ENIAC: The Triumphs and Tragedies of the World's First Computer

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Berkley Books, 2001 - Computers - 262 pages
'ENIAC' is the story of John Mauchly and Presper Eckert, the men who built the first digital, electronic computer. Their three-year race to create the legendary ENIAC is a compelling tale of brilliance and misfortune that has never been told before. It was the size of a three-bedroom apartment, weighed 30 tons, and cost nearly half a million dollars to build-and $650 an hour to run. But in 1945, this behemoth was the cutting edge in technology, and a herald of the digital age to come. This 'little gem of a book' tells the story of this machine and the men who built it-as well as the secrecy, controversy, jealousy, and lawsuits that surrounded it-in a real-life techno-thriller.

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User Review  - nillacat - LibraryThing

I'm amazed at the continuity of geek culture: how similar the early days of EDVAC and UNIVAC were to the the dot com culture of hyperkinetic geeks working around the clock and fluffing business plans ... Read full review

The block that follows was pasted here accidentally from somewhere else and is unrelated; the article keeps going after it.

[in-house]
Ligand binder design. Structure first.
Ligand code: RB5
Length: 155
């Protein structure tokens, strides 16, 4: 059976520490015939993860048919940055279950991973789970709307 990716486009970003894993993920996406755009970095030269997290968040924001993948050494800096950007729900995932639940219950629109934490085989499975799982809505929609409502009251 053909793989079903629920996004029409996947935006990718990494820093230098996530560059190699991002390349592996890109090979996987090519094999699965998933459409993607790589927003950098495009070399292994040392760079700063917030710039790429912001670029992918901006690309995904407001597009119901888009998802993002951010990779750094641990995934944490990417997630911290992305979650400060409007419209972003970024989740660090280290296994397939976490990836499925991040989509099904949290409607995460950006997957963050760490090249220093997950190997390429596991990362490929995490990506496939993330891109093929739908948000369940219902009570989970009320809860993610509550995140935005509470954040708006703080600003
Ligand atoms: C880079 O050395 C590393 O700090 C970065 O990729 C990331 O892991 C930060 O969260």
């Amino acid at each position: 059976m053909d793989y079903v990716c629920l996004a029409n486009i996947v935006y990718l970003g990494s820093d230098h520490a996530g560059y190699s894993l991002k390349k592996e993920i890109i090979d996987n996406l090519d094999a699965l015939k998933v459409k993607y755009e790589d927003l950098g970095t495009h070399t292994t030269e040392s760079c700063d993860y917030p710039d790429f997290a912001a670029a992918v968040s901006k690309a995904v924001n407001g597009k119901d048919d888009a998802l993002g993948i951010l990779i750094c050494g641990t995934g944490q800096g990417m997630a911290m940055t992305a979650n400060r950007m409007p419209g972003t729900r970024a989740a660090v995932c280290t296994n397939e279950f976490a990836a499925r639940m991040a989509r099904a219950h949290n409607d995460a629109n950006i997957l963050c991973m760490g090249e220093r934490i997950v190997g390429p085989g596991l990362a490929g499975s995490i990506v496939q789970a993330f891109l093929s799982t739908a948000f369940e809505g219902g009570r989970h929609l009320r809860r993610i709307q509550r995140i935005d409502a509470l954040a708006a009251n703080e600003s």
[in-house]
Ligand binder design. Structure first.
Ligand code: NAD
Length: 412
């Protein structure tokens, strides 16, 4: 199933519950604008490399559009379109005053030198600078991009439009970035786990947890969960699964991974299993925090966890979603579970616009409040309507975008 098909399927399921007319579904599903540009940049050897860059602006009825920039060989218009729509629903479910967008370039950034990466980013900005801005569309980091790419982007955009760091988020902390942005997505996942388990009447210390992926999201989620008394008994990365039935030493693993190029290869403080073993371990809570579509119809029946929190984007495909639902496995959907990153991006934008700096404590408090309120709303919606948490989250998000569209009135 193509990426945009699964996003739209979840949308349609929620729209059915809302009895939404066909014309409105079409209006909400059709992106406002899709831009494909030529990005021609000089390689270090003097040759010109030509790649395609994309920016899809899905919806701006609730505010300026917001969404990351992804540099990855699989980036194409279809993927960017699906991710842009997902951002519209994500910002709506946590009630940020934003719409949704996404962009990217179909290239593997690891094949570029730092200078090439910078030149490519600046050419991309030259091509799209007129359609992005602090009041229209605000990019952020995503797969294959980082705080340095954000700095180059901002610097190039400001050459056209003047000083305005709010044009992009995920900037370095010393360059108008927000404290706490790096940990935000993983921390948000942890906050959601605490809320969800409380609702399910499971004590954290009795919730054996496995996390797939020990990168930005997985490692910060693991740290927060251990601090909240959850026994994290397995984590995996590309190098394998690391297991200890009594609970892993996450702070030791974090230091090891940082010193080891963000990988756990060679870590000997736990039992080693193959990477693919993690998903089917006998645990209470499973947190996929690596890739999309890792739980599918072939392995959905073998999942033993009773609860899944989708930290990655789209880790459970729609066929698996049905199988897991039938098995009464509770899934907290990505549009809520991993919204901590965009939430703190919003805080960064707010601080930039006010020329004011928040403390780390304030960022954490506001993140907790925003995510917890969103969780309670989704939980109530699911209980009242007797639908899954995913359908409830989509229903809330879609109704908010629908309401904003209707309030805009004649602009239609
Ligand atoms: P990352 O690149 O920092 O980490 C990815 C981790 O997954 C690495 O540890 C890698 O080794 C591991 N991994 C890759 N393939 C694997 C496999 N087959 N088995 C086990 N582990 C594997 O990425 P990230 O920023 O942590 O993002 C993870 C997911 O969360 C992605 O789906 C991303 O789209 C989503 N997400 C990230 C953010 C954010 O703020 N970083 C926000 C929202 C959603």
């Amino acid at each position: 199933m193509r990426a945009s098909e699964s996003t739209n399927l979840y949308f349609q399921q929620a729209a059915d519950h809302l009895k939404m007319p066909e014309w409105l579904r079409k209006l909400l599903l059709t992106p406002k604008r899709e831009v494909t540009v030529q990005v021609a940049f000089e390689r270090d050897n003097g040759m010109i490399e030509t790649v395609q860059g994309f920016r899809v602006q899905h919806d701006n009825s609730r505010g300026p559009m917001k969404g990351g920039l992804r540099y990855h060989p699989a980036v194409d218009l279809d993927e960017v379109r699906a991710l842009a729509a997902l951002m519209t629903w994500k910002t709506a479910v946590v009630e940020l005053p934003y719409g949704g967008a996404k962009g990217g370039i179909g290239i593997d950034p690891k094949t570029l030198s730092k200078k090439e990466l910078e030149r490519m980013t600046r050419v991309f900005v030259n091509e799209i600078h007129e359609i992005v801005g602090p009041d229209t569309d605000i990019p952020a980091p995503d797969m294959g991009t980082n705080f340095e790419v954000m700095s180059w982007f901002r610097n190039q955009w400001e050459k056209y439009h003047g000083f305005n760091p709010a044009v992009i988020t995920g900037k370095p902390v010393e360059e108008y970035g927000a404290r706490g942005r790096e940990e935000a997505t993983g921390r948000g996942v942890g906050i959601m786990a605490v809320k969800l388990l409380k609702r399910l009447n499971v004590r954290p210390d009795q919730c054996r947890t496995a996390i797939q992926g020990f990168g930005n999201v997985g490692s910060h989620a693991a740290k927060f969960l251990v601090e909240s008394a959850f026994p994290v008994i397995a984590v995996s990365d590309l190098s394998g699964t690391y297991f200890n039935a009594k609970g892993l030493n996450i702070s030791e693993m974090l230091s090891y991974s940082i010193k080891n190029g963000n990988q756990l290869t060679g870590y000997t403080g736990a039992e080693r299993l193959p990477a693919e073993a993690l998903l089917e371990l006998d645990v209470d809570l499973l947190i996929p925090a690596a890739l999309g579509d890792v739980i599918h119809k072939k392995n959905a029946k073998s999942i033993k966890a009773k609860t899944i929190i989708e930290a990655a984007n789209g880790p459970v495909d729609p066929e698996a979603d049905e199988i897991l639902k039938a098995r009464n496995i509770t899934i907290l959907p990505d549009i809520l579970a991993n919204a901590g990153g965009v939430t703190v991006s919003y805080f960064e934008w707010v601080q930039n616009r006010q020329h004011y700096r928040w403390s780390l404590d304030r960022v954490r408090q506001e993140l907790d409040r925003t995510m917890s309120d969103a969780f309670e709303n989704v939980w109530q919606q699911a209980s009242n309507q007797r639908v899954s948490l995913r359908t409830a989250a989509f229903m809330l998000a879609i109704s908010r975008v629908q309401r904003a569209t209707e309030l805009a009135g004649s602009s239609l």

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User Review  - gmicksmith - LibraryThing

This work is about the world's first programmable, digital computer. It is a lively account about computer pioneers. The work deals more with the personalities in the foibles of computing invention ... Read full review



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About the author (2001)

Scott McCartney is the author of three books. A veteran journalist and licensed private pilot, he has been explaining airlines and travel to readers of The Wall Street Journal for more than a decade. He lives in Dallas, Texas.

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